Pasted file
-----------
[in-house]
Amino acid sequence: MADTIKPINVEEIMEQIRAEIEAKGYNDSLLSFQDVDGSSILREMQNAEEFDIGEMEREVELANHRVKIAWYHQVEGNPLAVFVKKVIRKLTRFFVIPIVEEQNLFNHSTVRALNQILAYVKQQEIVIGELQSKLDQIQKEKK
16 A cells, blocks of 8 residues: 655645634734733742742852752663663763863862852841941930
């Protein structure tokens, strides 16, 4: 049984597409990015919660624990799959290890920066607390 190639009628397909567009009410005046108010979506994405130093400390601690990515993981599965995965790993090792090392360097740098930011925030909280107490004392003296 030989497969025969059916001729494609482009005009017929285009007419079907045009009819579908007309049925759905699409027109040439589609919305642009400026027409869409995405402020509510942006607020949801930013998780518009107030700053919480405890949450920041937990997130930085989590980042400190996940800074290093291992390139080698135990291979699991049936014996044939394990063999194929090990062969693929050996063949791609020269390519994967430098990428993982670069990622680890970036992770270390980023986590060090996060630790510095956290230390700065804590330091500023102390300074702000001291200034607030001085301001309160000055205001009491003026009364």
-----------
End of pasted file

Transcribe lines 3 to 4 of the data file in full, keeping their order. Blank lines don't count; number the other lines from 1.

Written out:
16 A cells, blocks of 8 residues: 655645634734733742742852752663663763863862852841941930
């Protein structure tokens, strides 16, 4: 049984597409990015919660624990799959290890920066607390 190639009628397909567009009410005046108010979506994405130093400390601690990515993981599965995965790993090792090392360097740098930011925030909280107490004392003296 030989497969025969059916001729494609482009005009017929285009007419079907045009009819579908007309049925759905699409027109040439589609919305642009400026027409869409995405402020509510942006607020949801930013998780518009107030700053919480405890949450920041937990997130930085989590980042400190996940800074290093291992390139080698135990291979699991049936014996044939394990063999194929090990062969693929050996063949791609020269390519994967430098990428993982670069990622680890970036992770270390980023986590060090996060630790510095956290230390700065804590330091500023102390300074702000001291200034607030001085301001309160000055205001009491003026009364």